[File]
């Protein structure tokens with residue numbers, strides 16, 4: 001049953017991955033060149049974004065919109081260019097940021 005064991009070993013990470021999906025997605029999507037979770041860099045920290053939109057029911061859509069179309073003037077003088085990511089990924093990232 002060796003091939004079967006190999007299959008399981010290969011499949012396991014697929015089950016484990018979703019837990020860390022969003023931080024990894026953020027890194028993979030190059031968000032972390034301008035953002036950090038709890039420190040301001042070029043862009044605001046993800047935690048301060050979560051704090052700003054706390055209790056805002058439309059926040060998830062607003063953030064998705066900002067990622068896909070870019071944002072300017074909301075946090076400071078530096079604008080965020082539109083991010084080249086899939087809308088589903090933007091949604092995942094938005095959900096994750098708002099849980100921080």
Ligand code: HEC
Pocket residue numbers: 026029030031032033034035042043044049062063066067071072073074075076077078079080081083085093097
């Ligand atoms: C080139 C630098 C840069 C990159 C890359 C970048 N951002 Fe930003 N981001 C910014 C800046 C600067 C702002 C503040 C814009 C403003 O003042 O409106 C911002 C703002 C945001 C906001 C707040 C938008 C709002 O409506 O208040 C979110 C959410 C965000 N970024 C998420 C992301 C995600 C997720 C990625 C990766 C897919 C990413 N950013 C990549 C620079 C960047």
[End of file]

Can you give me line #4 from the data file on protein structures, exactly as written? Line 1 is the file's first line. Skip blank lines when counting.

């Ligand atoms: C080139 C630098 C840069 C990159 C890359 C970048 N951002 Fe930003 N981001 C910014 C800046 C600067 C702002 C503040 C814009 C403003 O003042 O409106 C911002 C703002 C945001 C906001 C707040 C938008 C709002 O409506 O208040 C979110 C959410 C965000 N970024 C998420 C992301 C995600 C997720 C990625 C990766 C897919 C990413 N950013 C990549 C620079 C960047």